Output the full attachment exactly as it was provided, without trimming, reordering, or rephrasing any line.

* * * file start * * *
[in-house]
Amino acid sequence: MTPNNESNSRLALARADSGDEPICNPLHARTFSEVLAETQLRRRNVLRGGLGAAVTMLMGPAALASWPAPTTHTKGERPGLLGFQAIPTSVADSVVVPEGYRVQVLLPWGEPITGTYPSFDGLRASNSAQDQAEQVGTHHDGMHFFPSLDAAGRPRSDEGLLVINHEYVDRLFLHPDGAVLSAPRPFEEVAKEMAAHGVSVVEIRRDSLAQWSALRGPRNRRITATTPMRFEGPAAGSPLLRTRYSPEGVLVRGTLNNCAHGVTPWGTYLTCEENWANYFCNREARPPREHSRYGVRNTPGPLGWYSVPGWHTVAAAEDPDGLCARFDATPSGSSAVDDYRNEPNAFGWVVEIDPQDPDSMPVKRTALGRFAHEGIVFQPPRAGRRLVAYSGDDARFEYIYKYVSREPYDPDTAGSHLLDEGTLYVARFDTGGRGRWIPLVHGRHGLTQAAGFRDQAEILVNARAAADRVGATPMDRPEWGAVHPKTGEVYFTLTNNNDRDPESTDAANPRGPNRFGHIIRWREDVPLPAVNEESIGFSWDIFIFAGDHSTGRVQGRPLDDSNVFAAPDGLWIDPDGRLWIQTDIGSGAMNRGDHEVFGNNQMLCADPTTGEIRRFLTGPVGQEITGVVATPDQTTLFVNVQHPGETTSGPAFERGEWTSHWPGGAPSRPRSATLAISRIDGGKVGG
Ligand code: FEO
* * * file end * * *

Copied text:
[in-house]
Amino acid sequence: MTPNNESNSRLALARADSGDEPICNPLHARTFSEVLAETQLRRRNVLRGGLGAAVTMLMGPAALASWPAPTTHTKGERPGLLGFQAIPTSVADSVVVPEGYRVQVLLPWGEPITGTYPSFDGLRASNSAQDQAEQVGTHHDGMHFFPSLDAAGRPRSDEGLLVINHEYVDRLFLHPDGAVLSAPRPFEEVAKEMAAHGVSVVEIRRDSLAQWSALRGPRNRRITATTPMRFEGPAAGSPLLRTRYSPEGVLVRGTLNNCAHGVTPWGTYLTCEENWANYFCNREARPPREHSRYGVRNTPGPLGWYSVPGWHTVAAAEDPDGLCARFDATPSGSSAVDDYRNEPNAFGWVVEIDPQDPDSMPVKRTALGRFAHEGIVFQPPRAGRRLVAYSGDDARFEYIYKYVSREPYDPDTAGSHLLDEGTLYVARFDTGGRGRWIPLVHGRHGLTQAAGFRDQAEILVNARAAADRVGATPMDRPEWGAVHPKTGEVYFTLTNNNDRDPESTDAANPRGPNRFGHIIRWREDVPLPAVNEESIGFSWDIFIFAGDHSTGRVQGRPLDDSNVFAAPDGLWIDPDGRLWIQTDIGSGAMNRGDHEVFGNNQMLCADPTTGEIRRFLTGPVGQEITGVVATPDQTTLFVNVQHPGETTSGPAFERGEWTSHWPGGAPSRPRSATLAISRIDGGKVGG
Ligand code: FEO